How do butterfly's wings shine? Like almost all other butterflies, the Morpho has wings covered with scales. Typically, pigmentation patterns across these scales generate wing colors, but a Morpho's scales deploy an additional feature.
On top of their scales, Morpho butterflies have countless tiny, tree-like structures with suspended branched arms that manipulate light waves. Spacing among the branches helps match targeted light-wavelengths, like blue for example. Repeated reflections of the same wavelength cause interference effects that, when viewed from certain angles, generate stunning iridescence.
Given the incredible detail of this system, it seems that whoever designed these precise, tree-like features had expert knowledge of optics and nanotechnology.
But secularists regularly assert that such a conclusion would not be "scientific"—by which they likely mean that God cannot be considered as an origins option, even if His craftsmanship is the best explanation for the evidence.1
In 1858, Darwin named "natural selection" as a process whereby external factors, such as predators or habitats, formulate plant and animal traits.2 Yet Morphos occupy the same habitats as dull-colored butterflies, indicating that habitat alone did not lead to their iridescence. Furthermore, how would predators, being more apt to see the most brilliant butterfly prey, have played any role other than destroying—not generating—that very brilliance? According to Darwinism, nature selects traits that enhance survival. But brightly shining wings would more likely do the opposite. It's a wonder blue Morphos still exist.
Researchers recently reported the discovery of another unique attribute embedded in Morphos that also offers no known survival advantage: the tree-like scale structures are strongly polar at their tops and non-polar where they attach to each scale.3,4 Publishing these findings in the Proceedings of the National Academy of Sciences (PNAS), the study authors wrote, "Although this surface polarity gradient may not be essential for butterfly survival, but rather is a by-product of the process of scale development, this perspective on biological pattern design can offer opportunities for a variety of technological applications."3
Put bluntly, if this newly found polarity gradient is not "essential for butterfly survival," then how could natural selection be its cause?
In an attempt to solve this kind of dilemma, Darwin later invented what he termed "sexual selection."5 Supposedly, animals select mates based on preferences that, over eons, generate new traits in the opposite sex. And these new traits help the species survive by breeding more readily. But this simplistic story fails to fit key observations.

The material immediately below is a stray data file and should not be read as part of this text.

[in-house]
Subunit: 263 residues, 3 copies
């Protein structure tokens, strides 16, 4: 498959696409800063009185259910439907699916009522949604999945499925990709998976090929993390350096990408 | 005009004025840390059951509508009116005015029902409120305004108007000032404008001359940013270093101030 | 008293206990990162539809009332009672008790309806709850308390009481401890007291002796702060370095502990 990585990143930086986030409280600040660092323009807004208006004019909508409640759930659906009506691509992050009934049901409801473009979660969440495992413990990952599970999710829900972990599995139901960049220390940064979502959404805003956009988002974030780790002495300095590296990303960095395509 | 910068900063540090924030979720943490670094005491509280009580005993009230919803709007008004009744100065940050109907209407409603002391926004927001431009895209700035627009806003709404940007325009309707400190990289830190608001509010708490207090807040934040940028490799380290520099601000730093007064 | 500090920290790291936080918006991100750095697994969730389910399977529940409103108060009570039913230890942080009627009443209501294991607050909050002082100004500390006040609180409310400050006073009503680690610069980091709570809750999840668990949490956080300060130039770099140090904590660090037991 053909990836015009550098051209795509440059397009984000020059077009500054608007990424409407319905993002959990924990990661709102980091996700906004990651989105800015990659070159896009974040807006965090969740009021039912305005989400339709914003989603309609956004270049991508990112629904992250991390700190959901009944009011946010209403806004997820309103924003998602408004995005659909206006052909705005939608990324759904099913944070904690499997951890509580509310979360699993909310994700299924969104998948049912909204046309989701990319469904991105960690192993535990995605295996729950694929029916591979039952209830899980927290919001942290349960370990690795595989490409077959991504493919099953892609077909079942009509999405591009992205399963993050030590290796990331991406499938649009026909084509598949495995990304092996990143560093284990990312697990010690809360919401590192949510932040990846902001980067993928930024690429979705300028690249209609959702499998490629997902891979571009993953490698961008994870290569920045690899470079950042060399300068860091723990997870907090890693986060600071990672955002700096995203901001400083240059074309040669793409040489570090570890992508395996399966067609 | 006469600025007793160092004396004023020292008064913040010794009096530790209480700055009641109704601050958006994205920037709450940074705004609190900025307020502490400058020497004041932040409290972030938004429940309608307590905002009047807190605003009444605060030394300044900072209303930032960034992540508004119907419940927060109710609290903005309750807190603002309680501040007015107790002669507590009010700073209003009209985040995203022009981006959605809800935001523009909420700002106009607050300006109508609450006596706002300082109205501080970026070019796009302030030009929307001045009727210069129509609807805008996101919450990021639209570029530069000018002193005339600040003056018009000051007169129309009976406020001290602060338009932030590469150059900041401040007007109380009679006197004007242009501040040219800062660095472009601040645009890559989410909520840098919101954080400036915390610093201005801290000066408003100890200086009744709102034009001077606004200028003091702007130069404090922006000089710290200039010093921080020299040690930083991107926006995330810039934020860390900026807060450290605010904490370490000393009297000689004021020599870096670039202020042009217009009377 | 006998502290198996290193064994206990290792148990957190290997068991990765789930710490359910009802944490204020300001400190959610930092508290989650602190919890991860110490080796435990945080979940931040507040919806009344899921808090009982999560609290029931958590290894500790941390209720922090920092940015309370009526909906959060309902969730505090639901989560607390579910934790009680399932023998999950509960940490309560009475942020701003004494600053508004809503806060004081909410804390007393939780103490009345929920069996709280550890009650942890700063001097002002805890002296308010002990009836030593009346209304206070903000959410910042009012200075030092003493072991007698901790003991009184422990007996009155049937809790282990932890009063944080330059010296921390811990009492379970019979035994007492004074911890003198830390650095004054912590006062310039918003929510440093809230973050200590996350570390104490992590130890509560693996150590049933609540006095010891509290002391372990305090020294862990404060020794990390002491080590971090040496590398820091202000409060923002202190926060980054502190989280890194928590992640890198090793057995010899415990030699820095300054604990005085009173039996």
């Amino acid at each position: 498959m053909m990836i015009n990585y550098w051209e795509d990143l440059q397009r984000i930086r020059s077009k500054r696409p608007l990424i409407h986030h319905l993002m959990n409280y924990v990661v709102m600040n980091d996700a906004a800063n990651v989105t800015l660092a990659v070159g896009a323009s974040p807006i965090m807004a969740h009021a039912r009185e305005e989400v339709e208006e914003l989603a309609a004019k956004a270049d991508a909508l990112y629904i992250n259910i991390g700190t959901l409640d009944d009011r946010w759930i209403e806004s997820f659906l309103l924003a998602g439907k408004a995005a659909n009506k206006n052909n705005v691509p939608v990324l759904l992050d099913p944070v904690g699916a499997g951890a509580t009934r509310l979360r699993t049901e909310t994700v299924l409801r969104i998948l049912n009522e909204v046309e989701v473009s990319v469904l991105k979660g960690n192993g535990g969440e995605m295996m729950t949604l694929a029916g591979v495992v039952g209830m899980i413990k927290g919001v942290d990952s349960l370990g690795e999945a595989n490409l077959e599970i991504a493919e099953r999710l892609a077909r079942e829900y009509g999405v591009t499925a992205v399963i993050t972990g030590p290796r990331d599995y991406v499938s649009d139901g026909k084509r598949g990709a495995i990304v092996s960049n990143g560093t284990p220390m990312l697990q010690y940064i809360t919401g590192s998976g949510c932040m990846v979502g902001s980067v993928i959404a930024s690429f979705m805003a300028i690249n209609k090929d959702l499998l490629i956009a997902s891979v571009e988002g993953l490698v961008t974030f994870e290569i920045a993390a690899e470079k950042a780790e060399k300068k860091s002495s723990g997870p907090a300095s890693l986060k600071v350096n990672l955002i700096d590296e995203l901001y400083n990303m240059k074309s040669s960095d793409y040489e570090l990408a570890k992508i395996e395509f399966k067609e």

For example, assuming sexual selection is a biological reality, it would only select trait variations that already exist. Thus, it might explain how some variations are removed but not how any are made. Also, sexual selection would only work on trait variations for which the mate already had a programmed preference, begging the question of that preference's origin.6
The PNAS study authors wrote, "Morpho butterflies are a brilliant spectacle of nature's capacity for photonic engineering."3 However, there is no reason—other than sheer bias—to credit nature with engineering butterfly optic structures that even human engineers have not yet been able to replicate.1,7
The Creator God of the Bible shines as the real Engineer here.
- Naturalist Richard Lewontin once wrote, "We are forced by our a priori adherence to material causes to create an apparatus of investigation and a set of concepts that produce material explanations, no matter how counter-intuitive, no matter how mystifying to the uninitiated. Moreover, that materialism is absolute for we cannot allow a divine foot in the door." See: Lewontin, R. C. Billions and Billions of Demons. The New York Review of Books. Posted on nybooks.com January 9, 1997.
- Lyell, C. et al. 1858. On the tendency of species to form varieties; and on the perpetuation of varieties and species by natural means of selection. Journal of the Proceedings of the Linnean Society of London: Zoology. 3 (9): 45-62.
- Potyrailo, R. A. et al. Discovery of the surface polarity gradient on iridescent Morpho butterfly scales reveals a mechanism of their selective vapor response. Proceedings of the National Academy of Sciences. Published online before print, September 9, 2013.
- Polar molecules contain an uneven distribution of electrons. Non-polar molecules, used near the base of each tiny tree-structure, have evenly distributed electrons.
- "Sexual selection" came from Darwin's book titled The Descent of Man. Also, Darwin touched on the butterfly color dilemma in a letter to Nature. See: Darwin, C. 1880. The Sexual Colours of Certain Butterflies. Nature. 21 (Jan. 8): 237.
- Bergman, J. 2004. Problems in sexual selection theory and neo-Darwinism. Journal of Creation. 18 (1): 112-119.
- Vukusic, P. and J. R. Sambles. 2003. Photonic structures in biology. Nature. 424 (6950): 852-855.
* Mr. Thomas is Science Writer at the Institute for Creation Research.
Article posted on September 20, 2013.